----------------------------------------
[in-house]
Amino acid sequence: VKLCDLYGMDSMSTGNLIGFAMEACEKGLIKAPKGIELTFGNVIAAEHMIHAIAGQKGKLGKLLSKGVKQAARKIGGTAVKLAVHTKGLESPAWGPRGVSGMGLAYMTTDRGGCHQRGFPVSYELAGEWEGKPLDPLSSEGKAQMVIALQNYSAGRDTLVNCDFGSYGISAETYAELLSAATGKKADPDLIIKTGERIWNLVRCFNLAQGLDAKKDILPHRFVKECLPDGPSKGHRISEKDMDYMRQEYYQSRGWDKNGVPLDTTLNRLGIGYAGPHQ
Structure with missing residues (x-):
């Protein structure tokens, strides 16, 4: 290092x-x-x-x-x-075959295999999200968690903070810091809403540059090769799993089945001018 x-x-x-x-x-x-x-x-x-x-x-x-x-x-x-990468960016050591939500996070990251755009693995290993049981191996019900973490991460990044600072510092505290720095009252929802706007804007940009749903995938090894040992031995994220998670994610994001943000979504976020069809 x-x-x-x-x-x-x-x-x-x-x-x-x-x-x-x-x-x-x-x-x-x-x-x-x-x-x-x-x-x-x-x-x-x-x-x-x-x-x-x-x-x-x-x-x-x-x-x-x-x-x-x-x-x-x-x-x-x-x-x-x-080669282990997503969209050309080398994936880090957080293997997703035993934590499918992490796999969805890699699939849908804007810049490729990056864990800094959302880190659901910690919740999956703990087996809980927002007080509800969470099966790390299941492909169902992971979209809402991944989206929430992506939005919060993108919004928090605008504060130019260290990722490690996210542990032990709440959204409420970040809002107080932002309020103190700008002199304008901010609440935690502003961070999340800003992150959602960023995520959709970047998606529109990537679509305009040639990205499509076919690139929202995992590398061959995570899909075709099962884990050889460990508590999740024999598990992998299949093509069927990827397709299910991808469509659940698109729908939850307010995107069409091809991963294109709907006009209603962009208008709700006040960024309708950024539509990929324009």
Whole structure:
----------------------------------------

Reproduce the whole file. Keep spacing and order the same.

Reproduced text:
[in-house]
Amino acid sequence: VKLCDLYGMDSMSTGNLIGFAMEACEKGLIKAPKGIELTFGNVIAAEHMIHAIAGQKGKLGKLLSKGVKQAARKIGGTAVKLAVHTKGLESPAWGPRGVSGMGLAYMTTDRGGCHQRGFPVSYELAGEWEGKPLDPLSSEGKAQMVIALQNYSAGRDTLVNCDFGSYGISAETYAELLSAATGKKADPDLIIKTGERIWNLVRCFNLAQGLDAKKDILPHRFVKECLPDGPSKGHRISEKDMDYMRQEYYQSRGWDKNGVPLDTTLNRLGIGYAGPHQ
Structure with missing residues (x-):
């Protein structure tokens, strides 16, 4: 290092x-x-x-x-x-075959295999999200968690903070810091809403540059090769799993089945001018 x-x-x-x-x-x-x-x-x-x-x-x-x-x-x-990468960016050591939500996070990251755009693995290993049981191996019900973490991460990044600072510092505290720095009252929802706007804007940009749903995938090894040992031995994220998670994610994001943000979504976020069809 x-x-x-x-x-x-x-x-x-x-x-x-x-x-x-x-x-x-x-x-x-x-x-x-x-x-x-x-x-x-x-x-x-x-x-x-x-x-x-x-x-x-x-x-x-x-x-x-x-x-x-x-x-x-x-x-x-x-x-x-x-080669282990997503969209050309080398994936880090957080293997997703035993934590499918992490796999969805890699699939849908804007810049490729990056864990800094959302880190659901910690919740999956703990087996809980927002007080509800969470099966790390299941492909169902992971979209809402991944989206929430992506939005919060993108919004928090605008504060130019260290990722490690996210542990032990709440959204409420970040809002107080932002309020103190700008002199304008901010609440935690502003961070999340800003992150959602960023995520959709970047998606529109990537679509305009040639990205499509076919690139929202995992590398061959995570899909075709099962884990050889460990508590999740024999598990992998299949093509069927990827397709299910991808469509659940698109729908939850307010995107069409091809991963294109709907006009209603962009208008709700006040960024309708950024539509990929324009």
Whole structure: